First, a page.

You may have had a dog wander up to your doorstep, or see one running on a busy roadway. You want to help, but you are not sure what to do. Caution dictates that you handle the animal with care, as you would any other wild creature.
If you have found a stray dog, the first step is to make sure you keep yourself and the animal safe by not creating a worse situation.
Never chase after a stray dog, as you could panic the animal causing them to become aggressive or run into a dangerous situation. Instead, approach the animal slowly using a calm voice. If the animal appears frightened or skittish, use food as a lure to gain the dog’s trust. Once you have safely established trust, put a leash on the animal.
Never put yourself in harm’s way. If a dog seems aggressive or is in a dangerous location and you can’t help, then call the authorities. The best of intentions can lead to catastrophe if you do not handle assisting a stray appropriately.
Now that you have the animal safely under control, it is time to determine if the dog is someone’s lost pet.
- Assess the dog’s condition. Are there any apparent injuries that need medical attention? Does the animal appear malnourished or covered in parasites? If so, seek medical attention for the dog. It could be someone’s beloved pet who has been missing for some time.
- Check for a collar with identification tags. If the dog has tags with an owner’s phone number, call right away.
- If the animal does not have identification, take it to the closest veterinarian or shelter to have them scan for a microchip. Many owners have their dog microchipped, and the chip should contain contact information for the owner.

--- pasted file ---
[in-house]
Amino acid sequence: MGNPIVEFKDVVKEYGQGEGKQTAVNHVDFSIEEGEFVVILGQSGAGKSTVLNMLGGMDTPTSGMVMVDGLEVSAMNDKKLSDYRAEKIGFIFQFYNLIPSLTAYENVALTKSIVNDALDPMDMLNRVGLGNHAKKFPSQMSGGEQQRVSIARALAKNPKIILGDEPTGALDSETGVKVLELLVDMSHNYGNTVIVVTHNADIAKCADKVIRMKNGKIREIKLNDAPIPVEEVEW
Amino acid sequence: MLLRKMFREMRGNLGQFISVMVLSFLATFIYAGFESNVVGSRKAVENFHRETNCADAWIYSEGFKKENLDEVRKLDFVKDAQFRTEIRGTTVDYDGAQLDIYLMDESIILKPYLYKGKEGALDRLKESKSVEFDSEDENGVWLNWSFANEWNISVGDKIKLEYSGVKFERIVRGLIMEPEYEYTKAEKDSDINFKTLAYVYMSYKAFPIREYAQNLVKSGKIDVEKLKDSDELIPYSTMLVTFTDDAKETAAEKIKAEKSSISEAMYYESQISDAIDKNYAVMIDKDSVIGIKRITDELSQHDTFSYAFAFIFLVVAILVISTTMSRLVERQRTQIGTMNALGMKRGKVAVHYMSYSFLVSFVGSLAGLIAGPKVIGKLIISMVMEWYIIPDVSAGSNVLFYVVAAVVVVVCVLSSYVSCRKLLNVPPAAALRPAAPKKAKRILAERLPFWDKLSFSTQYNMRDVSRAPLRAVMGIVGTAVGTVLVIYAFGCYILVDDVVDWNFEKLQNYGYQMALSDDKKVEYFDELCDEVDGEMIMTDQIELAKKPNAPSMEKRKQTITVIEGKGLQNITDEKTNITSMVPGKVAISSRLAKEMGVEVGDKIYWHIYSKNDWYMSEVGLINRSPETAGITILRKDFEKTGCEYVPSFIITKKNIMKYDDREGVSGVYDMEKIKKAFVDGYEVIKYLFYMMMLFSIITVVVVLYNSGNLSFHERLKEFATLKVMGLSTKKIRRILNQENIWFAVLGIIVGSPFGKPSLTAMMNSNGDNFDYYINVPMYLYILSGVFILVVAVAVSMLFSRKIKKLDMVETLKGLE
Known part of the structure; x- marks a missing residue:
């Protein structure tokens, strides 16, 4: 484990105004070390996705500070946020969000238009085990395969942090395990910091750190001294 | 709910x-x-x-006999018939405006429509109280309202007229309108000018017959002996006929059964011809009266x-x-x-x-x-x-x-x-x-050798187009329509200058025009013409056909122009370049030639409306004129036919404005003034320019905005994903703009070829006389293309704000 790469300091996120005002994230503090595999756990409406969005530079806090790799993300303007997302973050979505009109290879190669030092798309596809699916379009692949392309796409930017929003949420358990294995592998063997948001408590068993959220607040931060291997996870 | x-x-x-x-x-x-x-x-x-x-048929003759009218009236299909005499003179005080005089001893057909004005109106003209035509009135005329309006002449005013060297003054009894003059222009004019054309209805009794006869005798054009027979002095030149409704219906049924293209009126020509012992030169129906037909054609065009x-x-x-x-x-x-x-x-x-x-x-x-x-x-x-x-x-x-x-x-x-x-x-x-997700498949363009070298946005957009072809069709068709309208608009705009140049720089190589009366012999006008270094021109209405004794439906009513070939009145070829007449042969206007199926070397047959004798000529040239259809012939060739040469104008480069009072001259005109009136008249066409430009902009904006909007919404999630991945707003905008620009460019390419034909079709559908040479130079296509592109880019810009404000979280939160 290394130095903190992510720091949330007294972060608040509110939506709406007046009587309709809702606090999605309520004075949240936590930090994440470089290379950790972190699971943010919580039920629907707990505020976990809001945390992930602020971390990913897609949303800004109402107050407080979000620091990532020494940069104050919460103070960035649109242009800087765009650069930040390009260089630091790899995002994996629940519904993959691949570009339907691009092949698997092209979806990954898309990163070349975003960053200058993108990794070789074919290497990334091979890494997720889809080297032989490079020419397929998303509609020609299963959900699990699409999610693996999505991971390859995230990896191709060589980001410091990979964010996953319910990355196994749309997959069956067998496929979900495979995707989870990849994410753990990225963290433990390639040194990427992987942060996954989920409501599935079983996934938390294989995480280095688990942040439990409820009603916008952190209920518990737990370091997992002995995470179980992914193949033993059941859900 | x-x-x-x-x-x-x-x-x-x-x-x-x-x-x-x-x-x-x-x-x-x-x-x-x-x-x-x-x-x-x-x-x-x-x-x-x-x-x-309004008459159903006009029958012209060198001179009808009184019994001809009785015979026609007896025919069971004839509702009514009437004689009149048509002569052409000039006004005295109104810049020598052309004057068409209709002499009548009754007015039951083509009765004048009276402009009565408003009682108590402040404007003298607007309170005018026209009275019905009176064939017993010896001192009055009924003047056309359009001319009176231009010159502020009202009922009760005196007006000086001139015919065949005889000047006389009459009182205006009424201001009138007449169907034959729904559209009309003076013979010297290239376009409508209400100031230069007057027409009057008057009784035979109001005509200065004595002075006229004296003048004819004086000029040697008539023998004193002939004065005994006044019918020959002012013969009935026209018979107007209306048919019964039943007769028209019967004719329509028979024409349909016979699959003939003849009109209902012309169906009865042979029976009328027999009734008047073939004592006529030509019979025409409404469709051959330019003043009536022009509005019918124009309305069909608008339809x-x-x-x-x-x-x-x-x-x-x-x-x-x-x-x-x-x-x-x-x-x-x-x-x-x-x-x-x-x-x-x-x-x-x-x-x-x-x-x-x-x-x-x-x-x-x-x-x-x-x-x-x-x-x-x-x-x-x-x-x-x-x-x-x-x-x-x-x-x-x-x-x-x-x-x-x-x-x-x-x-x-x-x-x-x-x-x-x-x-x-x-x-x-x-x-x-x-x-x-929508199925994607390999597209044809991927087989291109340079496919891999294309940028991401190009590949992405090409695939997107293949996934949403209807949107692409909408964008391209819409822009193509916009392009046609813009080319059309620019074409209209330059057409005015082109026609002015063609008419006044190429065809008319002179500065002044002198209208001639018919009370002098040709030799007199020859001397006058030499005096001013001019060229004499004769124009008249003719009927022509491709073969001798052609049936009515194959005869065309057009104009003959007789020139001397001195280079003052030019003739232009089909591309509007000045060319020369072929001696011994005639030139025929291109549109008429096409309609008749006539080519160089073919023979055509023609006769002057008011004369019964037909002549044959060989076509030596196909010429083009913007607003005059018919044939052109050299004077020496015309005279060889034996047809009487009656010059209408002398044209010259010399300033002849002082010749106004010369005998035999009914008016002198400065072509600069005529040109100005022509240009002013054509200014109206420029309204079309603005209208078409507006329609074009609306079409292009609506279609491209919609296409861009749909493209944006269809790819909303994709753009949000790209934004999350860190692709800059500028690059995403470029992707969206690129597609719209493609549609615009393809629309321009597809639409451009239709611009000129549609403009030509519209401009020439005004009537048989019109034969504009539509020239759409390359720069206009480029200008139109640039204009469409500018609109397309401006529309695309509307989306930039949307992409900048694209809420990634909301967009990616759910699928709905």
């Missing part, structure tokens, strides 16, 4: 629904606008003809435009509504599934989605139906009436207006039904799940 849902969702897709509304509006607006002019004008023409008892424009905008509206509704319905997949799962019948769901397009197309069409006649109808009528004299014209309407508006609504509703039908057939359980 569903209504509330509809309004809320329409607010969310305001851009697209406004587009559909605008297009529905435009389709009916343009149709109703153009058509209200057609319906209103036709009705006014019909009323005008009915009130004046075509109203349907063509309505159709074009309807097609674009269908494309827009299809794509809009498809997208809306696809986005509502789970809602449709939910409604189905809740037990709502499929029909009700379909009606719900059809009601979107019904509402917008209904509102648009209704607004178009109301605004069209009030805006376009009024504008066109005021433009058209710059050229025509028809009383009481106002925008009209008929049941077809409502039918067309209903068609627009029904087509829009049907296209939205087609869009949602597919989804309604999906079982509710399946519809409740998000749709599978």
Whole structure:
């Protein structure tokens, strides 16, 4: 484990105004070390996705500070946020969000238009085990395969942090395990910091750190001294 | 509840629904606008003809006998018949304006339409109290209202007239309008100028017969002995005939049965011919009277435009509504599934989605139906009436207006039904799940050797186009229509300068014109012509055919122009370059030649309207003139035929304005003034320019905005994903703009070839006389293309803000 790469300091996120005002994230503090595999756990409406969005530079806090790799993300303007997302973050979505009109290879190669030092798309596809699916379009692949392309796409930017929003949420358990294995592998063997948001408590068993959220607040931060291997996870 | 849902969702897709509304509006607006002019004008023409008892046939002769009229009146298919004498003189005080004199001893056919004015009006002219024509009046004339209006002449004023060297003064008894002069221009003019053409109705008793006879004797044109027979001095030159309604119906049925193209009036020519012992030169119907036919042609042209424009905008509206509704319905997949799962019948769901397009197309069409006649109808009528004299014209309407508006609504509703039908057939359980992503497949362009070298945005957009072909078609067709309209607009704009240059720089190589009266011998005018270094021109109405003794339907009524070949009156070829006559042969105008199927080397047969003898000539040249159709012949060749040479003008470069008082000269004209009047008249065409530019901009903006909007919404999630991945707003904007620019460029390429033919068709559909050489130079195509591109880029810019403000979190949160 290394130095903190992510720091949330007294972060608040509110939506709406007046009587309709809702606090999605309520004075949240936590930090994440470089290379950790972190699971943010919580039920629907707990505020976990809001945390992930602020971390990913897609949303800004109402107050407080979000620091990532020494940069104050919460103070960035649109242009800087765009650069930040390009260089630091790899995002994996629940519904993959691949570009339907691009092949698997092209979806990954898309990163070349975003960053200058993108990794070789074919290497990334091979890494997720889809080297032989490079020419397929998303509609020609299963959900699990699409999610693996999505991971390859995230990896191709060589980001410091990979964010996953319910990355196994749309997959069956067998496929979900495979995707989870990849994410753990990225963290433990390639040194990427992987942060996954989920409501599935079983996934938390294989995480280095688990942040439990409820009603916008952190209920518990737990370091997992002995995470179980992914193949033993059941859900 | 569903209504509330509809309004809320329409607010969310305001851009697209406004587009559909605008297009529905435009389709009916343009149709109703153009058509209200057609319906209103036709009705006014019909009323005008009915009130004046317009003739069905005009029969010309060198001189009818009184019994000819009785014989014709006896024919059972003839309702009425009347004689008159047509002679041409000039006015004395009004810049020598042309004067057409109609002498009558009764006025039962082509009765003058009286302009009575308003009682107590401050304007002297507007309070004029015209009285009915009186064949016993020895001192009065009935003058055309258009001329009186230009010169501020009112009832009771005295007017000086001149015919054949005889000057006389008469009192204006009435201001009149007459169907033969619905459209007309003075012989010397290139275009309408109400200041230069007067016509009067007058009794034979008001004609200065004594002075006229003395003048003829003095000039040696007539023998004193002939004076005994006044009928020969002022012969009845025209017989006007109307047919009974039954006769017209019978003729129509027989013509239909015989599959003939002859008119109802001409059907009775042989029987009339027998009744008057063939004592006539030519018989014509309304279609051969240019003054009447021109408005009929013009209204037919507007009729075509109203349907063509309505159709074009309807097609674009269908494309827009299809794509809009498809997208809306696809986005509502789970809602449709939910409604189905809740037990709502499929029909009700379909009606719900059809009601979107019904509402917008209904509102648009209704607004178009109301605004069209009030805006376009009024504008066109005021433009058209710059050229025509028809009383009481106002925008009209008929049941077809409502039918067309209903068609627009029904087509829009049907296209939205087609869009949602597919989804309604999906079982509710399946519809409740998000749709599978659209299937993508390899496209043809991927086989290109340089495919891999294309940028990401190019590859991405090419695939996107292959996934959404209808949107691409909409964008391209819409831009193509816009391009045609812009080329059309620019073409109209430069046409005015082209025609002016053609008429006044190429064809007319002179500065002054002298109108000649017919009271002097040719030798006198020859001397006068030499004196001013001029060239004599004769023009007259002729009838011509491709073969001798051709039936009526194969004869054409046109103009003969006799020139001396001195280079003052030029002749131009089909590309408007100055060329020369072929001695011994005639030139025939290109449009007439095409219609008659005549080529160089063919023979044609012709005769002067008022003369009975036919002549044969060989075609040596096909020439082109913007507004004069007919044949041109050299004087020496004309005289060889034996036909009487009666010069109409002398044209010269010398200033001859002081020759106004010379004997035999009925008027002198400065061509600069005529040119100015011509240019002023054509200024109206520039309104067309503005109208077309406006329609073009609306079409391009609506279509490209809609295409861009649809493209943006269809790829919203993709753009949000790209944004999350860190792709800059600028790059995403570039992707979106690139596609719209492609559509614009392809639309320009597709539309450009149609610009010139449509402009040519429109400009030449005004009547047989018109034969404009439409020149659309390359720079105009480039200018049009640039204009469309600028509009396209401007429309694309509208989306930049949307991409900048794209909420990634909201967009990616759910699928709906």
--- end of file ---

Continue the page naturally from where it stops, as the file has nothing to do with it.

- If none of the steps above help locate the owner of the dog, utilize the power of social media. Look for lost and found pages on Facebook and post a picture of the pet and the location where they were found. In displaying an image, make sure that you take off the collar, or crop out one identifying feature about the dog. You want to make sure that the owners can identify something about the dog to guarantee that you are returning the animal to its rightful owner.
- Download a lost and found app like PawBoost, FindingRover or Shadow. Post an alert about the found animal, and search for the missing alerts to see if you can find a match.
- If you cannot keep the dog safely until the owner is found, take the time to find a no-kill shelter in your area. Shelters are the most obvious place where pet owners will be searching for their lost or missing pets.
- If you decide to keep the dog until the owners are located, make sure the shelter has the software capability to enter a picture of the dog in their “found” database. Talk to the staff at the shelter to ask how they reunite reported found animals with those looking for a missing pet.
- Even if you surrender the pet to a shelter, you can continue to help try to reunite them with their family. Use the pictures you took to create a Found flyer and post it all over the area where you located the dog. Make sure that you post them in veterinarian’s offices, dog parks, and with all local groomers and boarding facilities.
If you are willing to take responsibility for the dog until the owners can be located, take your responsibility seriously for finding the owners. Pets are loved and well-cared for missing for a wide variety of reasons, and that does not mean they are not cared for or wanted.
Keep working the app you are using to track any updates and make sure that your found notice stays active. Update the social media pages by posting the found pet as often as the group rules allow. If you are keeping the dog in your care, please get a medical check-up to make sure the dog is healthy and not missing any vital medication.
Remember, the owners may reimburse you for these expenses, but they are not obligated to do so. It can be hard to give up a dog you have formed a bond with when the owner is located. It is okay to feel sad, but take solace in the gift you have given the owner who has been searching for their lost pet.